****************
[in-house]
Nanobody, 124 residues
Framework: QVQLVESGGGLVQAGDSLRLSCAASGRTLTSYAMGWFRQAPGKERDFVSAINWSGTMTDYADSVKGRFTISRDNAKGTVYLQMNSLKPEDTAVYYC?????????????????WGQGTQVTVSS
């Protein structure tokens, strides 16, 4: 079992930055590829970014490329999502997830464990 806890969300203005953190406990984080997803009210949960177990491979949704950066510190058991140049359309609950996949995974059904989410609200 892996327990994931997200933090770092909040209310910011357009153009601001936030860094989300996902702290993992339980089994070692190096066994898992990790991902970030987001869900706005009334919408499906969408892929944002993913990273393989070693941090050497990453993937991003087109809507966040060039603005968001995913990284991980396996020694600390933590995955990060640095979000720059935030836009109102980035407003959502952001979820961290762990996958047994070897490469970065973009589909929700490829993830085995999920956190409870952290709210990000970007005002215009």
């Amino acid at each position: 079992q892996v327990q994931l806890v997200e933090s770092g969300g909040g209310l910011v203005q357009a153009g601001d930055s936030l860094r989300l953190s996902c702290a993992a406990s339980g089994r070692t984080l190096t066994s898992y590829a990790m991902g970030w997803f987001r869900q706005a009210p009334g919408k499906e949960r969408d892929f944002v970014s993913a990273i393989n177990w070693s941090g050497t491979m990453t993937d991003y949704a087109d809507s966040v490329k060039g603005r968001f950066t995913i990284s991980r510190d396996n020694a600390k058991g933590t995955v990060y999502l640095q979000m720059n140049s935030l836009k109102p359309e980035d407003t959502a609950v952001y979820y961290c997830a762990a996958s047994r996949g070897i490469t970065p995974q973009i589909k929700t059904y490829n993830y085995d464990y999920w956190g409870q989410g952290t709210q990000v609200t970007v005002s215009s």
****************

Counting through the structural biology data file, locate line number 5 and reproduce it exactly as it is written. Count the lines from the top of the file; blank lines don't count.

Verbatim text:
């Amino acid at each position: 079992q892996v327990q994931l806890v997200e933090s770092g969300g909040g209310l910011v203005q357009a153009g601001d930055s936030l860094r989300l953190s996902c702290a993992a406990s339980g089994r070692t984080l190096t066994s898992y590829a990790m991902g970030w997803f987001r869900q706005a009210p009334g919408k499906e949960r969408d892929f944002v970014s993913a990273i393989n177990w070693s941090g050497t491979m990453t993937d991003y949704a087109d809507s966040v490329k060039g603005r968001f950066t995913i990284s991980r510190d396996n020694a600390k058991g933590t995955v990060y999502l640095q979000m720059n140049s935030l836009k109102p359309e980035d407003t959502a609950v952001y979820y961290c997830a762990a996958s047994r996949g070897i490469t970065p995974q973009i589909k929700t059904y490829n993830y085995d464990y999920w956190g409870q989410g952290t709210q990000v609200t970007v005002s215009s």